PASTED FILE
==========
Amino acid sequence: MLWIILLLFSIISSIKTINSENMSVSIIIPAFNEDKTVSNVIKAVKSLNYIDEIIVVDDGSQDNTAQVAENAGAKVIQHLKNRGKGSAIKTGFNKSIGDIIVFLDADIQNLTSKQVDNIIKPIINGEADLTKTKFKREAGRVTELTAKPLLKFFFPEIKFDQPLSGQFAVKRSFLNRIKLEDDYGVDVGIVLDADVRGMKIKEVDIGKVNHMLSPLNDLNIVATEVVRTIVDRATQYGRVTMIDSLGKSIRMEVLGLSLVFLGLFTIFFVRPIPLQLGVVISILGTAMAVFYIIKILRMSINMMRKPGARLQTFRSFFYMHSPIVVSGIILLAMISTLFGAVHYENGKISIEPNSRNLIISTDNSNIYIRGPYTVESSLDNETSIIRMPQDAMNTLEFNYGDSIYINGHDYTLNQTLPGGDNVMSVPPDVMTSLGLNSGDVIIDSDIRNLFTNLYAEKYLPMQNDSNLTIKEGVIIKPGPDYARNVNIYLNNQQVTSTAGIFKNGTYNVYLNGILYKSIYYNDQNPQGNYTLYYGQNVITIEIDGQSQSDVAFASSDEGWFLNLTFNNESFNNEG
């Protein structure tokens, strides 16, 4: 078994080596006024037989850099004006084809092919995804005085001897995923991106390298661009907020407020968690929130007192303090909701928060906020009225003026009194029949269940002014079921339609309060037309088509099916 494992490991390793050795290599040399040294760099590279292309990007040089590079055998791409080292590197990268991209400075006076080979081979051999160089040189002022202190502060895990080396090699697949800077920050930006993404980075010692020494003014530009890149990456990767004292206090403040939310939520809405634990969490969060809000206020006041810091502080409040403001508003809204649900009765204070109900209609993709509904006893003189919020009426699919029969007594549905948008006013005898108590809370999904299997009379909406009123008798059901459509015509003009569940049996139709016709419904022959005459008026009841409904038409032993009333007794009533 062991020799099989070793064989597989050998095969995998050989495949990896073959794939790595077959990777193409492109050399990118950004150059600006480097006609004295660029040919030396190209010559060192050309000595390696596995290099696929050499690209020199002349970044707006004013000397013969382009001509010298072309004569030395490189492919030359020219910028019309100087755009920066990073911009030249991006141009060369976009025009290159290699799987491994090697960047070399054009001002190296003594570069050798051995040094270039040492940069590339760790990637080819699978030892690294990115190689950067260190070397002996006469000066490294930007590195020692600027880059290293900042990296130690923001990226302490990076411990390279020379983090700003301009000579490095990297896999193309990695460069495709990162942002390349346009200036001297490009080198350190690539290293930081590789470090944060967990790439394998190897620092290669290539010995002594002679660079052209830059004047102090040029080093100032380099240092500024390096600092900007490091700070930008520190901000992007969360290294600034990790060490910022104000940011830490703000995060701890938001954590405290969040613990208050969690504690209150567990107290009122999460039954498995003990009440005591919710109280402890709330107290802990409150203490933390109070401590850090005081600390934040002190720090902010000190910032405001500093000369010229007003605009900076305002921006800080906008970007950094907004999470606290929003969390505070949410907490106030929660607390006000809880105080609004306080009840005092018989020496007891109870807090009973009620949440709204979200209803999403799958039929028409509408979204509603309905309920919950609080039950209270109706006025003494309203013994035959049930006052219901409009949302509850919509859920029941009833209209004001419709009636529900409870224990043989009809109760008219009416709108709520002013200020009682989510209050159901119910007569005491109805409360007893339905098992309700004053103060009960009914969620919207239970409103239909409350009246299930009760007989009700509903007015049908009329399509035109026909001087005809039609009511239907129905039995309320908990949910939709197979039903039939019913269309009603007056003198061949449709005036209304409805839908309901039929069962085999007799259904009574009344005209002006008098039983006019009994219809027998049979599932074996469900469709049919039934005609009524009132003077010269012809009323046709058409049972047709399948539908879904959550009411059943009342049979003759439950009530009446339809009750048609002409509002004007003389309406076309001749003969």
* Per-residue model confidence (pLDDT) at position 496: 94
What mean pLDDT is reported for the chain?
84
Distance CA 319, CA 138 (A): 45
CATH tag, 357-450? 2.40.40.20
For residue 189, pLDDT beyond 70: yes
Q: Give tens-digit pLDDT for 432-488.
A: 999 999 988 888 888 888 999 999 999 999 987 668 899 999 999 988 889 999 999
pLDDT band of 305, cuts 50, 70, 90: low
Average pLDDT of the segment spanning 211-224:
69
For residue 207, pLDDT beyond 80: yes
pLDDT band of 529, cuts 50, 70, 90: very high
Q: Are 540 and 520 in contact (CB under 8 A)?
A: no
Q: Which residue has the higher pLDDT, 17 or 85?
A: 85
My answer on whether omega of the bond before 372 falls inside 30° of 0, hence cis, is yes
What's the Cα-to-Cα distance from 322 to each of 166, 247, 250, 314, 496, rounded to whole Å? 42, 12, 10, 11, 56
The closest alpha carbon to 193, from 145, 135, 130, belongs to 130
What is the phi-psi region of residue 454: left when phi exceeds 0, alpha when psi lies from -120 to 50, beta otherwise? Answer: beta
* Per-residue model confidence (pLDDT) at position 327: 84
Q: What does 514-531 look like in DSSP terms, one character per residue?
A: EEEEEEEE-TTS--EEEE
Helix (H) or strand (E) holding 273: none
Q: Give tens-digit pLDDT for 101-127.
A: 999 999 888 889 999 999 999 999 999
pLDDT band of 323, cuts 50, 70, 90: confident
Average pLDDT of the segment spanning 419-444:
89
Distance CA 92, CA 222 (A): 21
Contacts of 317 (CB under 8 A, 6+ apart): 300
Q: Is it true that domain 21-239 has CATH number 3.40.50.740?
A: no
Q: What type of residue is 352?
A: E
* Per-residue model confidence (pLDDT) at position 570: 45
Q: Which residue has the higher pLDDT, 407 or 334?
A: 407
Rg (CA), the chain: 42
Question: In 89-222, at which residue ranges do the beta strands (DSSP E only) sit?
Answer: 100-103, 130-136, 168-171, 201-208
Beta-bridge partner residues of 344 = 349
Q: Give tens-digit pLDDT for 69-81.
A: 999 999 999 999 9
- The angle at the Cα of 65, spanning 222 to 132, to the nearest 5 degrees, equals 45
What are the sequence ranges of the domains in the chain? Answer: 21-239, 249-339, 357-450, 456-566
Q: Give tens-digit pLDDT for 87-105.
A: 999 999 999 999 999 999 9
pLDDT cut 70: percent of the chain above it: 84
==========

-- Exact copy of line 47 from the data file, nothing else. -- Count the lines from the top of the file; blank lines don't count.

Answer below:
A: 999 999 999 999 9